EZ Games Video Game System by 3E Incorporated

Console Name: EZ Games Video Game System
Release Date: 1992
Country of Origin: United States of America
Developer: 3E Incorporated / Cascade Technology
Model Number: EG-1
Discontinued In: 1993
Number of Games Cartridges: 6
 

History
Very little is known about this device. It seems to be developed by 3E Incorporated / Cascade Technology. The copyright for the device is 1992-1993, which is also corroborated by the Sega Genesis main board used inside. The board is VA7 which was produced between June 1992 and was only produced for about 18 months until Sega introduced the Model 2. So far, only a handful of systems have been found. Both the earliest systems (v1.12) and the latest one (v2.11) have the same copyrighted date (1993) and both have the same hard-coded game list, which includes Street of Rage 2, which was released on December 15, 1992. This seems to point to a development cycle that started in 1992 with a release in 1993, but as the version 1.00 could have a different game list, the only certainty that we have it that it has been manufactured at least in the second half of 1992.

Release
While the back story of the device is not well known, its usage, on the other hand, is. The EZ Games Video Game System was deployed in hotels where customers could use it to play a selection of Genesis game. The unit originally came with all the latest games for the time: Sonic the Hedgehog 2, Taz Mania, Ecco the Dolphin, Batman Returns, Streets of Rage 2 and Evander Holyfield’s Real Deal Boxing.

The device worked by giving you a chance of trying the games for free. Once you start your free play session, you have 150 seconds of free gaming. Within that time frame, you can exit the game you are playing at any time to select another title. You are free to try all six games if wanted, as long as it is done within 150 seconds.¬† Sadly, there’s no visible timer when the game is running. You only get the amount of time left if you exit the game. Once the preview time is over, the system would display a “Game Preview Complete” message before returning to the main menu, but the Genesis game is not actually reset. The sound and controller would still be working, you just couldn’t see what you are doing as the EZ Games menu would cover the screen. You then need to wait 2 hours before unlocking the free play option again.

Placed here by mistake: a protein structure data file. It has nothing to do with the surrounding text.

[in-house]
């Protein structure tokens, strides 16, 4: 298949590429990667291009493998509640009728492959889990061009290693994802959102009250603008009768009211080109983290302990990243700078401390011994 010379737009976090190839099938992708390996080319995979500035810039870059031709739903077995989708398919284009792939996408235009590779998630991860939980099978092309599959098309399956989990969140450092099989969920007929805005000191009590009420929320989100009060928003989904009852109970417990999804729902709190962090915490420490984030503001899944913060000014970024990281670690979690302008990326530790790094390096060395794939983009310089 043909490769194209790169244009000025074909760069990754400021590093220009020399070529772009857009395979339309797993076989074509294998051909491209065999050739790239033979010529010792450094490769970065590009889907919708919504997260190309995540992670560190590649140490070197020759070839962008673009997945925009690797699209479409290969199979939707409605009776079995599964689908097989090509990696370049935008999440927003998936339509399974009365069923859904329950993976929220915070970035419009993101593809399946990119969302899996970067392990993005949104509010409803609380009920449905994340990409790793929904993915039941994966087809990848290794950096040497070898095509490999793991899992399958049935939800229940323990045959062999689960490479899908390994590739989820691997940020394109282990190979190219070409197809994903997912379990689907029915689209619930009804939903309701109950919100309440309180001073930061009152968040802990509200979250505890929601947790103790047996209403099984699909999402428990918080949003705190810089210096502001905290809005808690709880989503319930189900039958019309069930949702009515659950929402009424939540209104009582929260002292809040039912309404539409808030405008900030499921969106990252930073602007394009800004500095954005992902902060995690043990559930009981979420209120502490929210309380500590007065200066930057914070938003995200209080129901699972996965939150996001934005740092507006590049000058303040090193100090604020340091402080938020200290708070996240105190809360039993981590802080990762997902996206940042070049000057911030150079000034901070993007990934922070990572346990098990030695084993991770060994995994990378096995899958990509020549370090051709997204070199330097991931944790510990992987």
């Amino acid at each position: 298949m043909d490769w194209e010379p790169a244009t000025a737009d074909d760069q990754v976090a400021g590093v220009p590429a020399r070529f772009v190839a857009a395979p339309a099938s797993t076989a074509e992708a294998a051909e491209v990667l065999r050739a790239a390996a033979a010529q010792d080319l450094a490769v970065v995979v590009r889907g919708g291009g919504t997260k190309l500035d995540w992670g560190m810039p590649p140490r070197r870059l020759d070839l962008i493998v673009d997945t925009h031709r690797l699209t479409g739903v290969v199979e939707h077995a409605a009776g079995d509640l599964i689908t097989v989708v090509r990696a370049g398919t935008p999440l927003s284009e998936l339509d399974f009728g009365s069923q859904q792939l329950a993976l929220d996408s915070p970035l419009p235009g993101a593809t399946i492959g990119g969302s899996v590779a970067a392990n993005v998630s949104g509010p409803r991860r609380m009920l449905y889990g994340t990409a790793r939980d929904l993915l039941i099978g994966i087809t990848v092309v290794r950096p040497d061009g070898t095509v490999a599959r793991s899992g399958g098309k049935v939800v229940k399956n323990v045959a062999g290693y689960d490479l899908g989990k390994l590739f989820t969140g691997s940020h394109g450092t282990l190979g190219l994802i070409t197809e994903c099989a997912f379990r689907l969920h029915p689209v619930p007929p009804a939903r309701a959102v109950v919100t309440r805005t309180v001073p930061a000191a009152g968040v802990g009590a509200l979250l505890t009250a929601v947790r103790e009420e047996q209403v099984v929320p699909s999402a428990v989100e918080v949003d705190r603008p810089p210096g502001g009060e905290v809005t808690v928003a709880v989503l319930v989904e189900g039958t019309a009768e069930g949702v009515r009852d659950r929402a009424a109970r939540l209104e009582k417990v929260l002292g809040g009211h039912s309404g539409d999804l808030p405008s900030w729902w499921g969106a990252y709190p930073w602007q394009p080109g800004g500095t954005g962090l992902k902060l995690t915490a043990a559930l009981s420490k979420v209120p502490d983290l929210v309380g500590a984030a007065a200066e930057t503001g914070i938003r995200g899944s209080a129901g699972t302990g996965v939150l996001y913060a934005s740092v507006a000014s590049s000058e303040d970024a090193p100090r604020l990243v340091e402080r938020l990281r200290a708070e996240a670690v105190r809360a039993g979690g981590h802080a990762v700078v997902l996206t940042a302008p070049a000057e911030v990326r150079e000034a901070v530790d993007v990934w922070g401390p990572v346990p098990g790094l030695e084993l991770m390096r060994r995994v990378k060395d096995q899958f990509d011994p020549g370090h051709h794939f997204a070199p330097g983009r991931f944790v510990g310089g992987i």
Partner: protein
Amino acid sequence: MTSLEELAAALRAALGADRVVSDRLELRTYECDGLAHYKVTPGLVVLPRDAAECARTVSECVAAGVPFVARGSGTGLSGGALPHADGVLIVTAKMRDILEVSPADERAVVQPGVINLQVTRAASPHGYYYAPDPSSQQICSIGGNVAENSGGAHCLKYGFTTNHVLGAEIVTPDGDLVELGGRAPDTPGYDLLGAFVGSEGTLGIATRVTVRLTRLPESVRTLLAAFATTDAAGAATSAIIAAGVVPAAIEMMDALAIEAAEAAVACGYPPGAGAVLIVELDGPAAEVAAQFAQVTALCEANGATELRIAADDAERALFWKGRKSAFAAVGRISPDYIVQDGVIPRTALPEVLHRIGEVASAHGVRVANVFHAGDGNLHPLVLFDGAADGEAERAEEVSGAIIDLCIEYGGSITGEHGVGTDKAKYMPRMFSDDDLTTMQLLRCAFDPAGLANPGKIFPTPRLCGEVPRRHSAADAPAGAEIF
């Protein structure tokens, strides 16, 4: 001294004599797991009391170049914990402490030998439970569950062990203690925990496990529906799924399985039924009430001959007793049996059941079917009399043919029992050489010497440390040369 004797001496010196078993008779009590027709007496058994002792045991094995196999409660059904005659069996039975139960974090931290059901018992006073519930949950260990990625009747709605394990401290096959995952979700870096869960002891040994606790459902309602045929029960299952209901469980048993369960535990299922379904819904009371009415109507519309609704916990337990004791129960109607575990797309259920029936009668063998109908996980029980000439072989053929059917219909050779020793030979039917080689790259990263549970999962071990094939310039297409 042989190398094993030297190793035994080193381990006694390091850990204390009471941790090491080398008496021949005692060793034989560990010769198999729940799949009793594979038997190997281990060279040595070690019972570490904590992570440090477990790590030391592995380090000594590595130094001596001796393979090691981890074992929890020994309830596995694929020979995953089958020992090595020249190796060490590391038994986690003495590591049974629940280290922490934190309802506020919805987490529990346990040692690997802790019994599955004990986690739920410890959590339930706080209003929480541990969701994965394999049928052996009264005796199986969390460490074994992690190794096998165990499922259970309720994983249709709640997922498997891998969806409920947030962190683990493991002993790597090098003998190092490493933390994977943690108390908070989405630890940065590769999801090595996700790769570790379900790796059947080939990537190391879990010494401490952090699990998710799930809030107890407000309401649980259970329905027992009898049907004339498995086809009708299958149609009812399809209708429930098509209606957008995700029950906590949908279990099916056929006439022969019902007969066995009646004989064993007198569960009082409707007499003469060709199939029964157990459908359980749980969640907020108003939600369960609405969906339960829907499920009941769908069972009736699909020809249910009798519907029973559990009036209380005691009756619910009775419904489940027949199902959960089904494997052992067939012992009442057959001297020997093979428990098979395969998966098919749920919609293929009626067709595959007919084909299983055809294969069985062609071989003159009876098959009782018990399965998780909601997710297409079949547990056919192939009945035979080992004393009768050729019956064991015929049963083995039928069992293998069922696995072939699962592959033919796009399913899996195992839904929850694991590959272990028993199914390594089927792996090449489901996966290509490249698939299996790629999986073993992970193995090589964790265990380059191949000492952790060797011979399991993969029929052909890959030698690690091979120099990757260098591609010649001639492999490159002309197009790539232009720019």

Once the customer had chosen a game, he could decide to buy time. Three packages were available  : 4.95$ for 1 Hour, 6.95$ for 2 Hours or 9.95$ to play until midnight. With 5 minutes renaming, you would be prompted  to extend your play. You would receive this message once again with 1 minute left of the timer before the machine would reset your progress.

The business model seems to be based on profit sharing as with each purchase, the room number is also sent along.

Demise
While it’s not clear how many units were deployed and if the test market was successful or not, but the road to success quickly narrowed in late 1993 with the release of LodgeNet, a on-demand hospitality service, including worldwide delivery of Super NES games to hotel guests via its proprietary building-wide networks.

Owner’s Note

  • The Off button is in fact the “Back” button and you need it to navigate through the menu. Pressing “Off” on the main page will bring the system back to TV mode and pressing “Enter” will bring back again the menu.
  • A configuration menu should exist, but have not been found yet. I haven’t found any specific jumper on the board nor any button code (yet) to make the menu appear. Maybe the menu is linked with the use of a credit card with a special number.
  • I have the version 1.12 and it fell really unfinished. All menus are in white over a black screen and lack any enticing graphics. There is music, though.
  • Once you try to purchase time, the console stay stuck on the “remove credit card” menu and there’s just no way to return to the main menu except unplugging the device to reset it. This may be a lack of error control or an issue with the card reader.

 

 

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